Performance and Engine
A turbocharged 2.5-liter four-cylinder (2.5T) and a twin-turbocharged 3.5-liter V6 (3.5T) power the Genesis G80, both mated to an eight-speed automatic transmission. Both engines are available with rear-wheel or all-wheel drive. We tested the 2.5T with rear-wheel drive, which is the base powerplant.
While the six-375 cylinder’s horsepower and 391 pound-feet of torque are appealing, the base turbo four-cylinder that we tested doesn’t have to make any concessions. With 300 horsepower and 311 pound-feet of torque, it trails the V6 by less than a second in the sprint from zero to 60 mph, and it feels powerful enough while merging or passing. The Mercedes-Benz E350, Audi A6, and BMW 530i all have turbo-four engines, but the 2.5T outperforms them. The 2.5T, like other turbo-fours, doesn’t sound particularly tuneful as it approaches the redline. Although it has ample power lower in the rev range – peak torque is reached at just 1,650 rpm — most acceleration does not necessitate high revs.
When cruising, the G80 is elegant and quiet. Although our 2.5T lacked the adaptive suspension option, it nevertheless provided a smooth ride with good bump isolation. The steering of the G80 is rapid, making the vehicle feel responsive. The Genesis, on the other hand, has more body lean than the 5 Series, making it feel sportier.
Highway Driving Assist (HDA) II, one of the best semi-automated driving systems, is included in the G80’s standard adaptive cruise control. HDA II can maintain lane position without the need for some systems’ excessive steering corrections. Although it, like the BMW and Mercedes-Benz systems, has an autonomous lane-change option, it is typically hesitant to perform a signaled lane change in practice. Another automated feature (not available on our test car) is remote smart parking, which allows you to stand outside the car and order the G80 to park itself (including in a parallel parking slot) or withdraw itself from a tight parking position using the key fob.
The Genesis G80’s Zen-inspired interior contains upmarket materials like as open-pore wood trim, matte-finish aluminum, and a wavelike stitching pattern on the door panels, as well as a minimalist design. From the distinctive two-spoke steering wheel to the integrated dash vents, a clean, spare look dominates. The chairs are plush, and the padded surfaces give off a luxurious vibe. Even the faux-leather upholstery in our test car with the Advance package convincingly imitates the genuine thing (which is standard in the 3.5T and arrives with the Prestige package in the 2.5T).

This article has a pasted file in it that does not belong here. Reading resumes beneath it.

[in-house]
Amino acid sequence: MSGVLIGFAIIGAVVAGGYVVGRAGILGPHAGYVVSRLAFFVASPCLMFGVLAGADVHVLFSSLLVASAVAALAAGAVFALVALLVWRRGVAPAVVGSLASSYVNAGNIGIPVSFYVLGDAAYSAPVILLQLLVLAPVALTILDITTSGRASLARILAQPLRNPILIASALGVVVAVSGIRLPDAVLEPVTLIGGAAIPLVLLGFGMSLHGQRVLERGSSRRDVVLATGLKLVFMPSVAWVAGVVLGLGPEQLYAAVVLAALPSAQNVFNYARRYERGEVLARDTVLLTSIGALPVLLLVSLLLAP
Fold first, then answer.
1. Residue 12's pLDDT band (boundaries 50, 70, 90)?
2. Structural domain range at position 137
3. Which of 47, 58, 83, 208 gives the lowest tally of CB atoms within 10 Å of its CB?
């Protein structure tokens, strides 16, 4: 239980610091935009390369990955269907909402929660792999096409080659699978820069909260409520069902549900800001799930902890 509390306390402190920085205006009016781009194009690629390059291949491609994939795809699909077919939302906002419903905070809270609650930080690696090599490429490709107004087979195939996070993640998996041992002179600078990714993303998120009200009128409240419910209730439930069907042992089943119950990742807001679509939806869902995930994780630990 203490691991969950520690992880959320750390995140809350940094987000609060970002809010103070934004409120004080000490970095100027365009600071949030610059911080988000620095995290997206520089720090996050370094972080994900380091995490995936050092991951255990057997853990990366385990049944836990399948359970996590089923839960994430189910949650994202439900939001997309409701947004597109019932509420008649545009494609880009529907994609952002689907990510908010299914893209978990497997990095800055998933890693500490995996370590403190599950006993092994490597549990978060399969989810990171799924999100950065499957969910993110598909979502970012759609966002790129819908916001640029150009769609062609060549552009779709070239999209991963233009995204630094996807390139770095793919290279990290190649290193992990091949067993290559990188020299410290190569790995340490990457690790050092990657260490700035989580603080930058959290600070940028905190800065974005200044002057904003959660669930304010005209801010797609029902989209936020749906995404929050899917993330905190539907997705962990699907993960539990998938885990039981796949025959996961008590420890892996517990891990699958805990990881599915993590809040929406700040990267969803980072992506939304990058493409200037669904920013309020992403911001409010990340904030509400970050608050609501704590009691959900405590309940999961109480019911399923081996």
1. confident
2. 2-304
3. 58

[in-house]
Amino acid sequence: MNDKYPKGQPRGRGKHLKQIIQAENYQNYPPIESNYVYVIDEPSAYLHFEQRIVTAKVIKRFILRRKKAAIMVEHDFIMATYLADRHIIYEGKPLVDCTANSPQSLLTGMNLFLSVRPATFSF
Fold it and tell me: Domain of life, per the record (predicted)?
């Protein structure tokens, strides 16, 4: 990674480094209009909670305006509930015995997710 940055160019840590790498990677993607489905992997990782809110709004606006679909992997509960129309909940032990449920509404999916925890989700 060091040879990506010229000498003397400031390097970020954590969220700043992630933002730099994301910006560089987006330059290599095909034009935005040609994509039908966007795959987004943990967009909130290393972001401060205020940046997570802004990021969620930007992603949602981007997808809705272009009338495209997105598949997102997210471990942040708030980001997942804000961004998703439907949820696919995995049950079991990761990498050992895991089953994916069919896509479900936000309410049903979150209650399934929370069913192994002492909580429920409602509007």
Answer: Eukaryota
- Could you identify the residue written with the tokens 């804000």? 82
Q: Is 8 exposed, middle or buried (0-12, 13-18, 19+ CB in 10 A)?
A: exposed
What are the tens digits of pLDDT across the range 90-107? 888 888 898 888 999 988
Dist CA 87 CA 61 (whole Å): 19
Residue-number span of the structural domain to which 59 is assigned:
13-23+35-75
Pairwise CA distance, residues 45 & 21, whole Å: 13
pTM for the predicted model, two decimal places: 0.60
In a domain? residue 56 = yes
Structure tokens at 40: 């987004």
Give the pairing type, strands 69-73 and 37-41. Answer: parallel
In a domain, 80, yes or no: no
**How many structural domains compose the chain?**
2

The large center console has the same softly curved contour as the dash. There’s a dial shifter, a drive-mode selector knob, and a rotary controller for the infotainment system on its somewhat crowned surface. Elegant knurled edges on the controls demonstrate the attention to detail.
Models with the Prestige package receive a digital instrument cluster with the revolutionary blind-spot monitor as well. With a surround-view camera and a head-up display, their interior is even more tech-savvy.
Despite the car’s tapering roofline, the inside of the G80 feels large. The G80’s rear-seat headroom is sufficient for a 6-footer, and legroom and knee clearance behind a 6-foot driver are substantial. The 13.1-cubic-foot trunk is comparable to that of the Mercedes-Benz E-Class, but it is slightly smaller than that of the Audi A6 and BMW 5 Series. The lack of foldable rear seatbacks, on the other hand, may be a significant drawback.